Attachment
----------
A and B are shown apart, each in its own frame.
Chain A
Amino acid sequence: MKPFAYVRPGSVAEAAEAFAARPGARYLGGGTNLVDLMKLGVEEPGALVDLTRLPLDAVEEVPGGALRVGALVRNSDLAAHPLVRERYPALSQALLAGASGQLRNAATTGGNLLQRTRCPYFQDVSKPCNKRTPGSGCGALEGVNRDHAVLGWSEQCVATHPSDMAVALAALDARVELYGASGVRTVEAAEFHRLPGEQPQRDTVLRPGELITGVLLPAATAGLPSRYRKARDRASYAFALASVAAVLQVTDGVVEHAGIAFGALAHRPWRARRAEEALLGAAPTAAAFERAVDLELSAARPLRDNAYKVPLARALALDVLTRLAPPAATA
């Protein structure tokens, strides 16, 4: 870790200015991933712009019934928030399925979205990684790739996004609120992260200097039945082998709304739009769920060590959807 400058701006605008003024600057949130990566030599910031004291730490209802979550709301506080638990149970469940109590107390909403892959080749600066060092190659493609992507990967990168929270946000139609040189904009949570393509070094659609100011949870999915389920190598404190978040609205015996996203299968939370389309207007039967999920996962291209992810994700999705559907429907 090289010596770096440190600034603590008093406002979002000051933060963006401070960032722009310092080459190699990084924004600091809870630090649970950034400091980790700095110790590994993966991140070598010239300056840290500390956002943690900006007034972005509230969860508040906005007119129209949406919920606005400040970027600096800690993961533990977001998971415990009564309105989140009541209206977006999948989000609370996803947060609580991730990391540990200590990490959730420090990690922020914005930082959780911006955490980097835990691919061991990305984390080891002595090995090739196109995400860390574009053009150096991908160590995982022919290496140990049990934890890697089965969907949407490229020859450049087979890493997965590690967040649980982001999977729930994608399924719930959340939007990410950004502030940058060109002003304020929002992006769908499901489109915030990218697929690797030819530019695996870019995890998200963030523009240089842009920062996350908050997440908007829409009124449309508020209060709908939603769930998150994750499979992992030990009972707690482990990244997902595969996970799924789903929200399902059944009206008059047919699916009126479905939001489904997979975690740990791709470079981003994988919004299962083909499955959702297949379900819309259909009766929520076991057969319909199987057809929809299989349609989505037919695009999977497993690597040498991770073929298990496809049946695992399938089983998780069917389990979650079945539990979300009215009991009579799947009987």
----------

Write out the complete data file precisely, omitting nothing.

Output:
A and B are shown apart, each in its own frame.
Chain A
Amino acid sequence: MKPFAYVRPGSVAEAAEAFAARPGARYLGGGTNLVDLMKLGVEEPGALVDLTRLPLDAVEEVPGGALRVGALVRNSDLAAHPLVRERYPALSQALLAGASGQLRNAATTGGNLLQRTRCPYFQDVSKPCNKRTPGSGCGALEGVNRDHAVLGWSEQCVATHPSDMAVALAALDARVELYGASGVRTVEAAEFHRLPGEQPQRDTVLRPGELITGVLLPAATAGLPSRYRKARDRASYAFALASVAAVLQVTDGVVEHAGIAFGALAHRPWRARRAEEALLGAAPTAAAFERAVDLELSAARPLRDNAYKVPLARALALDVLTRLAPPAATA
């Protein structure tokens, strides 16, 4: 870790200015991933712009019934928030399925979205990684790739996004609120992260200097039945082998709304739009769920060590959807 400058701006605008003024600057949130990566030599910031004291730490209802979550709301506080638990149970469940109590107390909403892959080749600066060092190659493609992507990967990168929270946000139609040189904009949570393509070094659609100011949870999915389920190598404190978040609205015996996203299968939370389309207007039967999920996962291209992810994700999705559907429907 090289010596770096440190600034603590008093406002979002000051933060963006401070960032722009310092080459190699990084924004600091809870630090649970950034400091980790700095110790590994993966991140070598010239300056840290500390956002943690900006007034972005509230969860508040906005007119129209949406919920606005400040970027600096800690993961533990977001998971415990009564309105989140009541209206977006999948989000609370996803947060609580991730990391540990200590990490959730420090990690922020914005930082959780911006955490980097835990691919061991990305984390080891002595090995090739196109995400860390574009053009150096991908160590995982022919290496140990049990934890890697089965969907949407490229020859450049087979890493997965590690967040649980982001999977729930994608399924719930959340939007990410950004502030940058060109002003304020929002992006769908499901489109915030990218697929690797030819530019695996870019995890998200963030523009240089842009920062996350908050997440908007829409009124449309508020209060709908939603769930998150994750499979992992030990009972707690482990990244997902595969996970799924789903929200399902059944009206008059047919699916009126479905939001489904997979975690740990791709470079981003994988919004299962083909499955959702297949379900819309259909009766929520076991057969319909199987057809929809299989349609989505037919695009999977497993690597040498991770073929298990496809049946695992399938089983998780069917389990979650079945539990979300009215009991009579799947009987």